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United States Department of Agriculture

Agricultural Research Service

Title: Detection and Use of Quantitative Trait Loci (Qtl) for Carcass Composition and Meat Quality in Beef Cattle.

Author
item Casas, Eduardo

Submitted to: Genética Y Genómica Animal En Línea/Animal Genetics and Genomics Online
Publication Type: Peer Reviewed Journal
Publication Acceptance Date: August 28, 2003
Publication Date: April 4, 2003
Citation: Casas, E. Detection and use of quantitative trait loci (qtl) for carcass composition and meat quality in beef cattle.. Genética Y Genómica Animal En Línea/Animal Genetics and Genomics Online. Never published.

Interpretive Summary: The objective of this review was to describe the process used to identify the position in the genetic material where genes are located (known as a quantitative trait loci or QTL). Identification of these regions allows the selection of candidate genes. These genes may be responsible for differences between animals with high and low productivity. The manuscript includes a brief description of the two strategies used to detect these regions on the chromosomes and a comparison is made between both. Pros and cons of both strategies are discussed. A description of the bovine families used at the U.S. Meat Animal Research Center to detect the regions where the genes that influence economically important traits is included. Updated results of the search for these regions and discussion of relevant results are included.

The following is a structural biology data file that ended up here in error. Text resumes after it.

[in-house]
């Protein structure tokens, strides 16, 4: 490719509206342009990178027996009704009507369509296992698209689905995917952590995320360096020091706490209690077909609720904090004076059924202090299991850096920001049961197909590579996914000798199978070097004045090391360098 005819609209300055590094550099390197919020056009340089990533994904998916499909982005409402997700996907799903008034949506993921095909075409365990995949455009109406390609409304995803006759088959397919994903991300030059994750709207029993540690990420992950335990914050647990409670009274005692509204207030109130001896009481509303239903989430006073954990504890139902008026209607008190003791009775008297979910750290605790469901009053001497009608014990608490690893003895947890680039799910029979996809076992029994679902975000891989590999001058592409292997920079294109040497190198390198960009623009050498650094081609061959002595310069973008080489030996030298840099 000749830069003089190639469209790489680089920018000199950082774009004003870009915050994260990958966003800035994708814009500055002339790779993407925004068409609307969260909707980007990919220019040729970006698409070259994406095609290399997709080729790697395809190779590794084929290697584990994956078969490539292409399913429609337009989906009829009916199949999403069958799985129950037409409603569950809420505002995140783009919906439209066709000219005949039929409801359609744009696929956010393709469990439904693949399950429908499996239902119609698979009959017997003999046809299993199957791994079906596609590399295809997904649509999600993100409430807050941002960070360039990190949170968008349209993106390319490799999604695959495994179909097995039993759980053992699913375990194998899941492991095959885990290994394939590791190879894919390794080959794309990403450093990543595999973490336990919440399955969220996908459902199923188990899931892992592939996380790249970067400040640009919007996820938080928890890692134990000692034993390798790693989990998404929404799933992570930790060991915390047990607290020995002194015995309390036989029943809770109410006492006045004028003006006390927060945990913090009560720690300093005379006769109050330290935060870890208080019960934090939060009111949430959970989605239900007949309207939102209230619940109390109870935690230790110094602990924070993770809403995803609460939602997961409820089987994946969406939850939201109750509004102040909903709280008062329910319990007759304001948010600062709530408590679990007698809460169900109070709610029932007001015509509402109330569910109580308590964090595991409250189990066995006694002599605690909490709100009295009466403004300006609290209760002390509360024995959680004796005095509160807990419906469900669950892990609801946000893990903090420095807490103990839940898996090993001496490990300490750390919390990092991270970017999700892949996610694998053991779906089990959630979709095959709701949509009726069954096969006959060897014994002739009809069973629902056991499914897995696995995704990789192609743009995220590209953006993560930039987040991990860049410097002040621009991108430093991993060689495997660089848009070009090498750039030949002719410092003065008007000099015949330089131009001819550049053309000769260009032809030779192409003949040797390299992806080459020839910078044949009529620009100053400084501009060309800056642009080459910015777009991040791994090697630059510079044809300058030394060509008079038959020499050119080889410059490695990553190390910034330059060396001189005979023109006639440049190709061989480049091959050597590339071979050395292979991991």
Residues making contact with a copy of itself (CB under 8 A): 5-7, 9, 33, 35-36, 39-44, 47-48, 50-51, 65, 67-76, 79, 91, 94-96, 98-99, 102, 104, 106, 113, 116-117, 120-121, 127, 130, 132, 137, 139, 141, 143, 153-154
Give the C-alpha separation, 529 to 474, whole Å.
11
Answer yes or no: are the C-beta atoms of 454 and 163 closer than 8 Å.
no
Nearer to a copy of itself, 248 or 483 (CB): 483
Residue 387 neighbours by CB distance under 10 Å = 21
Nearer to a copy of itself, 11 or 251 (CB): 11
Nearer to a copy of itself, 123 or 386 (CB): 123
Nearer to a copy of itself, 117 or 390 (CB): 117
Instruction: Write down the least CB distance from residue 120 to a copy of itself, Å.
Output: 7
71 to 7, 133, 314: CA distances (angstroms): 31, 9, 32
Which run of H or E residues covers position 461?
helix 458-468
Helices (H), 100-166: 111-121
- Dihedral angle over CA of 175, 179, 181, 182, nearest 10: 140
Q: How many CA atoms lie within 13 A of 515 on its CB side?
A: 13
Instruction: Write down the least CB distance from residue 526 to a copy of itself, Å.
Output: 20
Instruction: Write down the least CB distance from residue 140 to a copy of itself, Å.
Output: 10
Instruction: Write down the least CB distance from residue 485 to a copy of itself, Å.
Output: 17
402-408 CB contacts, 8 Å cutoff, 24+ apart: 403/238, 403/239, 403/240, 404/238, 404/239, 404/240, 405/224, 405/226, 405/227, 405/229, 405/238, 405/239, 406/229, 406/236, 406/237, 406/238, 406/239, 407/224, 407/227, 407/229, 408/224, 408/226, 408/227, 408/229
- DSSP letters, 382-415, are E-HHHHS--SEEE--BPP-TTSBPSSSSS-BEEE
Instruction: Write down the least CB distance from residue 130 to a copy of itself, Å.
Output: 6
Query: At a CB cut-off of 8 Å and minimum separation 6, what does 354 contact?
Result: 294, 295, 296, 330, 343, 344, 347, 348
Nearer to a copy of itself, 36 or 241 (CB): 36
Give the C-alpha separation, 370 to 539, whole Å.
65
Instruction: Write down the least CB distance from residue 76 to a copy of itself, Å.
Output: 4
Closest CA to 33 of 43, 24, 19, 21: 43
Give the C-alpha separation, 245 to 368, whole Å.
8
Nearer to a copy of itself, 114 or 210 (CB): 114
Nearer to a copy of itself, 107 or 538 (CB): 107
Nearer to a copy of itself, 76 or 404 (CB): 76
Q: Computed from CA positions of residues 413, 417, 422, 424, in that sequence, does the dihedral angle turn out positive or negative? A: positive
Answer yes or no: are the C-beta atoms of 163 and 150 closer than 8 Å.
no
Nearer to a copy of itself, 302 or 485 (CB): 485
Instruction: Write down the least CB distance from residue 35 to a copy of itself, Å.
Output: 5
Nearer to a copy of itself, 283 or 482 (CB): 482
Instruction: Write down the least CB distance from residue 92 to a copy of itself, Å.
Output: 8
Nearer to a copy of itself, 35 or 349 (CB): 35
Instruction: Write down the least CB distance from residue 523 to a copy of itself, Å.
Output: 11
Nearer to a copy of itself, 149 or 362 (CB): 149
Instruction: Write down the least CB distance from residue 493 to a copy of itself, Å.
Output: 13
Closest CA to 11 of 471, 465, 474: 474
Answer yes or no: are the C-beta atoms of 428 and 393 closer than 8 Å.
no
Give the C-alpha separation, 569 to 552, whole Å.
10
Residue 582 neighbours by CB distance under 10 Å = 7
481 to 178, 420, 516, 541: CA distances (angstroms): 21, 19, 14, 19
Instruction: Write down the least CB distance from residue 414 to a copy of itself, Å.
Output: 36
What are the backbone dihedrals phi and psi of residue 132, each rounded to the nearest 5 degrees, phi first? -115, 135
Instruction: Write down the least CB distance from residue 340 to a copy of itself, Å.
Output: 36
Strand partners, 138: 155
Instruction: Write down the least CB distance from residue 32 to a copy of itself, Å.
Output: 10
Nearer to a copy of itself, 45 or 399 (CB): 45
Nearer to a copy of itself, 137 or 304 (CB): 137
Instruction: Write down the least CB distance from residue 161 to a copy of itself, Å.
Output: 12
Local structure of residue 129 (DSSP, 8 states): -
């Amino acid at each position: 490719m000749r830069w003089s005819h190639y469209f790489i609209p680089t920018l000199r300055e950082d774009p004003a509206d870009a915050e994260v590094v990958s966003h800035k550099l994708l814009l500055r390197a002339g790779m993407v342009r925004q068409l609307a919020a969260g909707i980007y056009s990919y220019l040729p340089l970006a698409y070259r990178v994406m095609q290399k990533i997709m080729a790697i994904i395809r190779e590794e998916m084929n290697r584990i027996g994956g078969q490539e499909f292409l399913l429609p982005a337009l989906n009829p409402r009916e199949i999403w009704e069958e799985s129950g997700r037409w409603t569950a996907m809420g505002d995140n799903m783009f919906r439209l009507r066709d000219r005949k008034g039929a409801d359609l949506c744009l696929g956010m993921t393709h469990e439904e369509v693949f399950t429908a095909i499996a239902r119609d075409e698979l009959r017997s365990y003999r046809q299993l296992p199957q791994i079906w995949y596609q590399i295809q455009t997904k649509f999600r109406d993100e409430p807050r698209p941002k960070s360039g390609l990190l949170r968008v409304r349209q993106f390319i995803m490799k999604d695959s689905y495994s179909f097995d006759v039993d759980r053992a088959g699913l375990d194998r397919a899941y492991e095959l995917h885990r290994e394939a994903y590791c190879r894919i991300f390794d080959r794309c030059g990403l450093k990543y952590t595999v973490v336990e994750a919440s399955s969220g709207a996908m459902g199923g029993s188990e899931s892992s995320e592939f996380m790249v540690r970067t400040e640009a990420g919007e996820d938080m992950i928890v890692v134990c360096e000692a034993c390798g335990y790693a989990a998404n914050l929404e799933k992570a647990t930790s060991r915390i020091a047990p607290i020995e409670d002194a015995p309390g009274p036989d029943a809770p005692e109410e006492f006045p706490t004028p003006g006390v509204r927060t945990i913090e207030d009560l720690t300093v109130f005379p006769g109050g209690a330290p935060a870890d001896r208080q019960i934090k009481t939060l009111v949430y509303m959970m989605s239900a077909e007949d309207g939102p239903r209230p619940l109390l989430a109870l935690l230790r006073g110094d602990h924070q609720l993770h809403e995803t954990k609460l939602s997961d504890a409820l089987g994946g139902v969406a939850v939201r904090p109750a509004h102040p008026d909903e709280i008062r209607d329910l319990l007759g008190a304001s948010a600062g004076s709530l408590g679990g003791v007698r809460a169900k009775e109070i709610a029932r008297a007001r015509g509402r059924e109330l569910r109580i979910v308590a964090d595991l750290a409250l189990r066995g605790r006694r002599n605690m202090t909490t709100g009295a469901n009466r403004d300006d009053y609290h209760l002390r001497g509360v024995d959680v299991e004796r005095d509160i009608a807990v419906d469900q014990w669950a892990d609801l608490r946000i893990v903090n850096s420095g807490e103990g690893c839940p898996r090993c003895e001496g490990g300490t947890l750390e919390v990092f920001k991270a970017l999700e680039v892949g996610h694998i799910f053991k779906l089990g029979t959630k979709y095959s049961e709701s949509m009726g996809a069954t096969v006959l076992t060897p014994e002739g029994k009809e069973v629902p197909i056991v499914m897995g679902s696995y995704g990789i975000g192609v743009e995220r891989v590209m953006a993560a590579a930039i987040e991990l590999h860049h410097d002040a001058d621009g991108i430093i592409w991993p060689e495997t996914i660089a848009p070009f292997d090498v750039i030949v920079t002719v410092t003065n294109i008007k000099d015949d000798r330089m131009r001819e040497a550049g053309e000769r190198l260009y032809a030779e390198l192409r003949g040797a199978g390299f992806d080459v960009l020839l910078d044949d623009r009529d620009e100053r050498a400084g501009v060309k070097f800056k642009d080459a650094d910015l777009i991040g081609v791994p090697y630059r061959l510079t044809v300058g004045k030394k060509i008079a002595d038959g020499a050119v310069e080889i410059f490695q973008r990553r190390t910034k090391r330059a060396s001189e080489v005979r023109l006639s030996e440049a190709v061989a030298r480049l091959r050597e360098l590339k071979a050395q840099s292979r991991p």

Technical Abstract: The objective of this review was to describe the most relevant quantitative trait loci (QTL) detected for carcass composition and meat quality traits in beef cattle. Searches for QTL have been based on the use of molecular markers, mainly, microsatellite markers. There are two strategies to detect QTL: one is the candidate gene approach and the other is the genomic scan. The latter has been the most commonly used because it requires no previous knowledge of the physiology of the trait. Eleven chromosomes have been found to harbor QTL for carcass composition and meat quality traits; however, those on chromosomes 2, 3, 4, 5, 6, 8, and 29 are the most relevant. Further studies are needed in outbred populations to establish whether they are segregating and determine their use.

Last Modified: 10/24/2014
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